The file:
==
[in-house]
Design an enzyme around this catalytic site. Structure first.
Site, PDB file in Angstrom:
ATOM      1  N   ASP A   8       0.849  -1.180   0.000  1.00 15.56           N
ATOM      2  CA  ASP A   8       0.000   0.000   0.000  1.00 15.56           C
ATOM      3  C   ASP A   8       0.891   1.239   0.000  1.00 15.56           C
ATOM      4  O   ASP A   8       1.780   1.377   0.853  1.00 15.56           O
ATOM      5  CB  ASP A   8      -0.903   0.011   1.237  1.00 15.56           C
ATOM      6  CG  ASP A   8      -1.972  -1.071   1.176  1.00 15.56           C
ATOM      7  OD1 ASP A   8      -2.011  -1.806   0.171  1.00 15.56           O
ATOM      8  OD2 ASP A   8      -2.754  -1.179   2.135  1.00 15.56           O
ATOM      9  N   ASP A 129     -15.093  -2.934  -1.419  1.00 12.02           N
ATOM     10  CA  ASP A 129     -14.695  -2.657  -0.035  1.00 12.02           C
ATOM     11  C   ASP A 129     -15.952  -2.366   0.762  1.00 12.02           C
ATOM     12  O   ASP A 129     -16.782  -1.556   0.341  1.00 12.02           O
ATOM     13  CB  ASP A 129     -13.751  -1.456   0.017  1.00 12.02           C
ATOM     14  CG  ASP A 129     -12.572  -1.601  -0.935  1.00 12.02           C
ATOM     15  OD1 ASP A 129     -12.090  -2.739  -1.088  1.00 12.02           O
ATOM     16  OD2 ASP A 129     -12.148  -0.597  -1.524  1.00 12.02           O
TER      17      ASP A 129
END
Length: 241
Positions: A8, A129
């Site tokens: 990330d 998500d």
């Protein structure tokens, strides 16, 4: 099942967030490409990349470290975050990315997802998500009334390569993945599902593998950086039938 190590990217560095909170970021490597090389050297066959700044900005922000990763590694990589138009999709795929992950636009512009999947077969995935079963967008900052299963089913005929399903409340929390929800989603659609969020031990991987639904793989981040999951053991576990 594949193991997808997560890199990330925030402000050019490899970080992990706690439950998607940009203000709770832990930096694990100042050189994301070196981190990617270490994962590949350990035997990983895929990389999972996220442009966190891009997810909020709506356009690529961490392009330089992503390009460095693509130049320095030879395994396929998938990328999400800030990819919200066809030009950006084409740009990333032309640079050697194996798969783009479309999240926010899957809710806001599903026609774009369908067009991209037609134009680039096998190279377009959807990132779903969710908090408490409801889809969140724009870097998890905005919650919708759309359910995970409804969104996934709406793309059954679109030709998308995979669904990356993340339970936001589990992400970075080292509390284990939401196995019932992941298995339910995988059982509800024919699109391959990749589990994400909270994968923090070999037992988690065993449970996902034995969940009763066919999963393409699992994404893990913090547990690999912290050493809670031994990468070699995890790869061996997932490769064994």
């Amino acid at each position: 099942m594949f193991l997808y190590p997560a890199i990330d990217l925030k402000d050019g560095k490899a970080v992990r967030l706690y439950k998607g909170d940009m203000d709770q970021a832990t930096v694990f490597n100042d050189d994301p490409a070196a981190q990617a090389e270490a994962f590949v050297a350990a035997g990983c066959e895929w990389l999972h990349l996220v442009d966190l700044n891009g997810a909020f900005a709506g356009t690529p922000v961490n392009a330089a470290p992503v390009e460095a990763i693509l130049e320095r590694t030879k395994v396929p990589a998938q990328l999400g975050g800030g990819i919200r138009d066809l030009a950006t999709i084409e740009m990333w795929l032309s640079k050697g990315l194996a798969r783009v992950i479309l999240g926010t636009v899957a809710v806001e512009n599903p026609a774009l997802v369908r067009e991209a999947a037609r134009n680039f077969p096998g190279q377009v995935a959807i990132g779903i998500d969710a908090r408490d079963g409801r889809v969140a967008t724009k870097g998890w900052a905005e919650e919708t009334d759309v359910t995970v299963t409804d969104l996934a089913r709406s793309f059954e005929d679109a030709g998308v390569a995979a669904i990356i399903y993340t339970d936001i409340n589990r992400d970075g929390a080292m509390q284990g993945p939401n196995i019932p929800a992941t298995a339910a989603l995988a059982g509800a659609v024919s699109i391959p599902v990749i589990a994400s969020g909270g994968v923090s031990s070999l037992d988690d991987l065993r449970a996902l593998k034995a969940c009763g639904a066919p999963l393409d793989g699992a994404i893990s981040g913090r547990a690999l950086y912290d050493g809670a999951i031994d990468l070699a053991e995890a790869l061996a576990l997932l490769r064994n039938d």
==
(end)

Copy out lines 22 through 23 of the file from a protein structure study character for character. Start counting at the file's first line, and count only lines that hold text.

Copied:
Length: 241
Positions: A8, A129